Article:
Date of Award

2015

Degree Type

Dissertation

Degree Name

Doctor of Philosophy (PhD)

Graduate Group

Epidemiology & Biostatistics

First Advisor

Nandita Mitra

Second Advisor

Dylan Small

Abstract

Unmeasured confounding is a common concern when clinical and health services researchers attempt to estimate a treatment effect using observational data or randomized studies with non-perfect compliance. To address this concern, instrumental variable (IV) methods, such as two-stage predictor substitution (2SPS) and two-stage residual inclusion (2SRI), have been widely adopted. In many clinical studies of binary and survival outcomes, 2SRI has been accepted as the method of choice over 2SPS but a compelling theoretical rationale has not been postulated.

First, We directly compare the bias in the causal hazard ratio estimated by these two IV methods. Under the potential outcome and principal stratification framework, we derive closed form solutions for asymptotic bias in estimating the causal hazard ratio among compliers for both the 2SPS and 2SRI methods by assuming survival time follows the Weibull distribution with random censoring. When there is no unmeasured confounding and no always takers, our analytic results show that 2SRI is generally asymptotically unbiased but 2SPS is not. However, when there is substantial unmeasured confounding, 2SPS performs better than 2SRI with respect to bias under certain scenarios. We use extensive simulation studies to confirm the analytic results from our closed-form solutions. We apply these two methods to prostate cancer treatment data from SEER-Medicare and compare these 2SRI and 2SPS estimates to results from two published randomized trials.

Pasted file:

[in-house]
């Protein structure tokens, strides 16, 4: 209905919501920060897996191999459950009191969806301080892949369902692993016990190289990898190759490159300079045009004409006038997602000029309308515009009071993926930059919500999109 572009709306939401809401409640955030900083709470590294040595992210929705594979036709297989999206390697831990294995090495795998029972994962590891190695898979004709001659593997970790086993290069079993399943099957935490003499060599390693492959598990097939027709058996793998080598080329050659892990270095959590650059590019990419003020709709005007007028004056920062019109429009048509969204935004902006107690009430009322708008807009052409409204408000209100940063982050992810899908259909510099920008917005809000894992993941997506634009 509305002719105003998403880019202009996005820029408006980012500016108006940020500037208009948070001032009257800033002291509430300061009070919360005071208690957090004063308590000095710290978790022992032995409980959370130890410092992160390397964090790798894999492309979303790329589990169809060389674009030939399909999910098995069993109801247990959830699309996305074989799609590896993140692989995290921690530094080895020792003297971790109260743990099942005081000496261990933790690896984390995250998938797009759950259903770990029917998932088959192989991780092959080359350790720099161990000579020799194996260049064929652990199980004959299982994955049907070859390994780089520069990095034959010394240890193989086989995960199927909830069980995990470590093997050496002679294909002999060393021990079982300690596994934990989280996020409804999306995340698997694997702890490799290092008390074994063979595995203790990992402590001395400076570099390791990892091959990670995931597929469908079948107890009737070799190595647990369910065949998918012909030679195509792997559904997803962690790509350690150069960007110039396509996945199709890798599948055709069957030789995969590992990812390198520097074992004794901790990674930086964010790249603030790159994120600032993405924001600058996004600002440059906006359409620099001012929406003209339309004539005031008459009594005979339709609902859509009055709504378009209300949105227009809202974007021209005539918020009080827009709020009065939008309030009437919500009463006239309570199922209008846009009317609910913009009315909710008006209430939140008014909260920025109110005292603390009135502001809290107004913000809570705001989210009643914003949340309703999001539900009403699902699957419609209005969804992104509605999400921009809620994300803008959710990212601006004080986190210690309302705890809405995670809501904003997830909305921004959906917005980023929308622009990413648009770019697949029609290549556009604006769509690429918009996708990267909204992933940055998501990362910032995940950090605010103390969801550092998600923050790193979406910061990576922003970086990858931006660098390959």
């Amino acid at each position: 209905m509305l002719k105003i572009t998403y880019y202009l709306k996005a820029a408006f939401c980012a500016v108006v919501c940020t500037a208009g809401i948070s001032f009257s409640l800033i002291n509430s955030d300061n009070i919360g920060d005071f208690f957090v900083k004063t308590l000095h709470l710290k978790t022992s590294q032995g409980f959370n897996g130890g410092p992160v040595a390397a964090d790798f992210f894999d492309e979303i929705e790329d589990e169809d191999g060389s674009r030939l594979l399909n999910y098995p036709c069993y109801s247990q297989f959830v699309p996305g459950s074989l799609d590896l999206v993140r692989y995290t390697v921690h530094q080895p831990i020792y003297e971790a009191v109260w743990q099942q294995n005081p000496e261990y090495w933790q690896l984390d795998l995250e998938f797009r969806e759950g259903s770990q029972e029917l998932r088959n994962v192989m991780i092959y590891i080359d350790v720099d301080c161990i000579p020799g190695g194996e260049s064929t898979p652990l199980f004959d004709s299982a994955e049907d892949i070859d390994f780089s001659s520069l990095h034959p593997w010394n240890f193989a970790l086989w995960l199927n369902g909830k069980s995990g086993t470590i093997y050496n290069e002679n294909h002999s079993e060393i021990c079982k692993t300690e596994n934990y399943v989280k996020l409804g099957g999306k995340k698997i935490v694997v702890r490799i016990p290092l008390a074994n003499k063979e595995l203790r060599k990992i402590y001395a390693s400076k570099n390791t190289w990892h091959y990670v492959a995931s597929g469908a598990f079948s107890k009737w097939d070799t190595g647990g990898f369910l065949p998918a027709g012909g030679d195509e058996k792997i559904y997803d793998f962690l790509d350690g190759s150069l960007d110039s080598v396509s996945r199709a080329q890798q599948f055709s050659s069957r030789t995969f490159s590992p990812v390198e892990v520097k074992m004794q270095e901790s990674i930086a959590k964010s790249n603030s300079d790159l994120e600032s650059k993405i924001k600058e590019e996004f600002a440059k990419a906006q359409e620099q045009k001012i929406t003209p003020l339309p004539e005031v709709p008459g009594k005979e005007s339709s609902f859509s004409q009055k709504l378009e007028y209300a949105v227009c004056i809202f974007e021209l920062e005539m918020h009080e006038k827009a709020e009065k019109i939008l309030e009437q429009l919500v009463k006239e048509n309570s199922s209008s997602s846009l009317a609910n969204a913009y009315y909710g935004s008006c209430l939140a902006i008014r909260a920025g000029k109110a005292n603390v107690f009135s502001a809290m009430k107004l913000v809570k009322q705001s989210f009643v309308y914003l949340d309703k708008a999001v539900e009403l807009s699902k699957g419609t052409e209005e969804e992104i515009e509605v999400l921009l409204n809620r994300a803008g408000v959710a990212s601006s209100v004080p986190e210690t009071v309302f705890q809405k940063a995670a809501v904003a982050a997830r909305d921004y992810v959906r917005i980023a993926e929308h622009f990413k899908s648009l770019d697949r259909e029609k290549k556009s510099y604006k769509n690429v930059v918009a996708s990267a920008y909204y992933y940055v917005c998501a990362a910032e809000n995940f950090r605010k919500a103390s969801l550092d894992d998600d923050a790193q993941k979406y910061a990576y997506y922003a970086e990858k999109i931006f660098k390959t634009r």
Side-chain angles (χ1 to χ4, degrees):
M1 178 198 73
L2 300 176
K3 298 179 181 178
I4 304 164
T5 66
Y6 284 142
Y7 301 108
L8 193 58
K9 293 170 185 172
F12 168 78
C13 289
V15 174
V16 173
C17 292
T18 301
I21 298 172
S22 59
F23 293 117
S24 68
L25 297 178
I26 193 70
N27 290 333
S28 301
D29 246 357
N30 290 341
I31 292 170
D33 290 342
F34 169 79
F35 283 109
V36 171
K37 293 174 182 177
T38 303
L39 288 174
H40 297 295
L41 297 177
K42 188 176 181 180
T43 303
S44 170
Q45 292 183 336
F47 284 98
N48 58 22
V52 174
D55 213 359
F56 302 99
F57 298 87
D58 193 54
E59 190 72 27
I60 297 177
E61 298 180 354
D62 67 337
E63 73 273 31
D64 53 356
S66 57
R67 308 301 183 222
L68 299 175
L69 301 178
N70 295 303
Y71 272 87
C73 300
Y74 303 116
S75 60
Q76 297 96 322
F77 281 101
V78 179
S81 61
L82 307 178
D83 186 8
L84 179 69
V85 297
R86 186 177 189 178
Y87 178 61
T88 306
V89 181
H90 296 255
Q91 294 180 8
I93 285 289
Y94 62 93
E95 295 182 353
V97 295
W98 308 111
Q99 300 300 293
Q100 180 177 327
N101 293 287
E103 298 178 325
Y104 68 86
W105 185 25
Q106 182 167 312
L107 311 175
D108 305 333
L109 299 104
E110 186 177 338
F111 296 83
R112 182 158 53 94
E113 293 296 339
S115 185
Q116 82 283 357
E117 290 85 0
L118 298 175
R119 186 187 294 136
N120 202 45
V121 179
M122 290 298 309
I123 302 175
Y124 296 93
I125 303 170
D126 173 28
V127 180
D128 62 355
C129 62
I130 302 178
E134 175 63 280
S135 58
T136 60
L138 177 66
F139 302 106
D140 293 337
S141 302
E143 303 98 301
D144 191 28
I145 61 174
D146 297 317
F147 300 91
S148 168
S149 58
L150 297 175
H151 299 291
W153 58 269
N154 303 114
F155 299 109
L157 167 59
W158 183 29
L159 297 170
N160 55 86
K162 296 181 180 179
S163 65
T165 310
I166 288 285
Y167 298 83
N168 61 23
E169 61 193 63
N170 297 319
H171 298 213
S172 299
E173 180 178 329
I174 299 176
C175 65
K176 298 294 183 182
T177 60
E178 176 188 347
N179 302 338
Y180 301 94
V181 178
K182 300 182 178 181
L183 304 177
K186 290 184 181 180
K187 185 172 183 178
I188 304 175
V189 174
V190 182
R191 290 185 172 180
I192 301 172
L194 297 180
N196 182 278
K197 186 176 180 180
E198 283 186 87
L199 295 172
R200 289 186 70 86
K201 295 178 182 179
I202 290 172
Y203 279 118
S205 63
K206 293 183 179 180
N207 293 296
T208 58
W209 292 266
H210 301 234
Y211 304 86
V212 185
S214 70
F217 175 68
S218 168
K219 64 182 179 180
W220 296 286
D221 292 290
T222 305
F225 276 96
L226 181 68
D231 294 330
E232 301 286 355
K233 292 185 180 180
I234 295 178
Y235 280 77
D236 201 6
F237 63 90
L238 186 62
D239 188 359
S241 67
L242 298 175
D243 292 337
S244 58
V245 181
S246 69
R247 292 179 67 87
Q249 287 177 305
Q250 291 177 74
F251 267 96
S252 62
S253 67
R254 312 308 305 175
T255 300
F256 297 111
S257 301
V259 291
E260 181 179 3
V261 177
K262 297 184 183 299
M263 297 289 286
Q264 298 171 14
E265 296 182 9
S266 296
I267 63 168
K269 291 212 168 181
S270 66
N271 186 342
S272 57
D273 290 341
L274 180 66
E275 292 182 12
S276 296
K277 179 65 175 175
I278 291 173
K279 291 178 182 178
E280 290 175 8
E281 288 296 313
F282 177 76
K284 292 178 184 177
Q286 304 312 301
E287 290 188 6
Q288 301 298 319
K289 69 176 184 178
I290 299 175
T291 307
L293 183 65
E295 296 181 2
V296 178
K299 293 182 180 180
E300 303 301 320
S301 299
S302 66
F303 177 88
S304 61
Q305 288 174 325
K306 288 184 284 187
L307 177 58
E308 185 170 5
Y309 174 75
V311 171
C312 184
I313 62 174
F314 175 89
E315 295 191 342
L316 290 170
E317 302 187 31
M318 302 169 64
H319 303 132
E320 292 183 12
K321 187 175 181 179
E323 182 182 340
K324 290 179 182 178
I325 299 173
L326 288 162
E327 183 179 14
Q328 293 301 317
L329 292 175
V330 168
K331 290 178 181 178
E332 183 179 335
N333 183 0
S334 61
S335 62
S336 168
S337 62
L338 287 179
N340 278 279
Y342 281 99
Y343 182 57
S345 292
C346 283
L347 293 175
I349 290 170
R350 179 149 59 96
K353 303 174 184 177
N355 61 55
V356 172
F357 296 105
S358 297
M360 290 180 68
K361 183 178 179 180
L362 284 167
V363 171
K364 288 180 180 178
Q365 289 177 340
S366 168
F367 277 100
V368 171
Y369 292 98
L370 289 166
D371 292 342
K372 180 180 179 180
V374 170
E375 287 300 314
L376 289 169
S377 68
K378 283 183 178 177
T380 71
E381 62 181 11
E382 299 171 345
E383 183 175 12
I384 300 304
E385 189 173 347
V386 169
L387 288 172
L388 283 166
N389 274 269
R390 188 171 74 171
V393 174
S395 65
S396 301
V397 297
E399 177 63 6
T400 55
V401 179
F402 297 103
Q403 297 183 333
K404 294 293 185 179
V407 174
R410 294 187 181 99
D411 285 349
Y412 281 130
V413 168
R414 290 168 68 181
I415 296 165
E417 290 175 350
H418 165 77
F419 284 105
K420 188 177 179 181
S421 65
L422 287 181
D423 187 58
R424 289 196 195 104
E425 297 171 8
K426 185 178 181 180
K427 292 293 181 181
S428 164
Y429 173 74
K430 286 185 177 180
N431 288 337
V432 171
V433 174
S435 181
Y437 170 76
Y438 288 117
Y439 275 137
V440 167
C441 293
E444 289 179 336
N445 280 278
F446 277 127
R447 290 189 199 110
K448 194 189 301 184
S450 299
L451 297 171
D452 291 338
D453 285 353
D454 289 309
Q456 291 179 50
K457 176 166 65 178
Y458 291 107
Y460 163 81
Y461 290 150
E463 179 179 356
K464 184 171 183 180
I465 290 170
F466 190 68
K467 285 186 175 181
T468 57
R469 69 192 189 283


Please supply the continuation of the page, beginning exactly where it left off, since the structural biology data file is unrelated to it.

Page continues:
Next, we propose a novel two-stage structural modeling framework to understanding the bias in estimating the conditional treatment effect for 2SPS and 2SRI when the outcome is binary, count or time to event. Under this framework, we demonstrate that the bias in 2SPS and 2SRI estimators can be reframed to mirror the problem of omitted variables in non-linear models. We demonstrate that only when the influence of the unmeasured covariates on the treatment is proportional to their effect on the outcome that 2SRI estimates are generally unbiased for logit and Cox models. We also propose a novel dissimilarity metric to quantify the difference in these effects and demonstrate that with increasing dissimilarity, the bias of 2SRI increases in magnitude. We investigate these methods using simulation studies and data from an observational study of perinatal care for premature infants.

Last, we extend Heller and Venkatraman's covariate adjusted conditional log rank test by using the propensity score method. We introduce the propensity score to balance the distribution of covariates among treatment groups and reduce the dimensionality of covariates to fit the conditional log rank test. We perform the simulation to assess the performance of this new method and covariates adjusted Cox model and score test.

Available for download on Friday, June 22, 2018

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Biostatistics Commons

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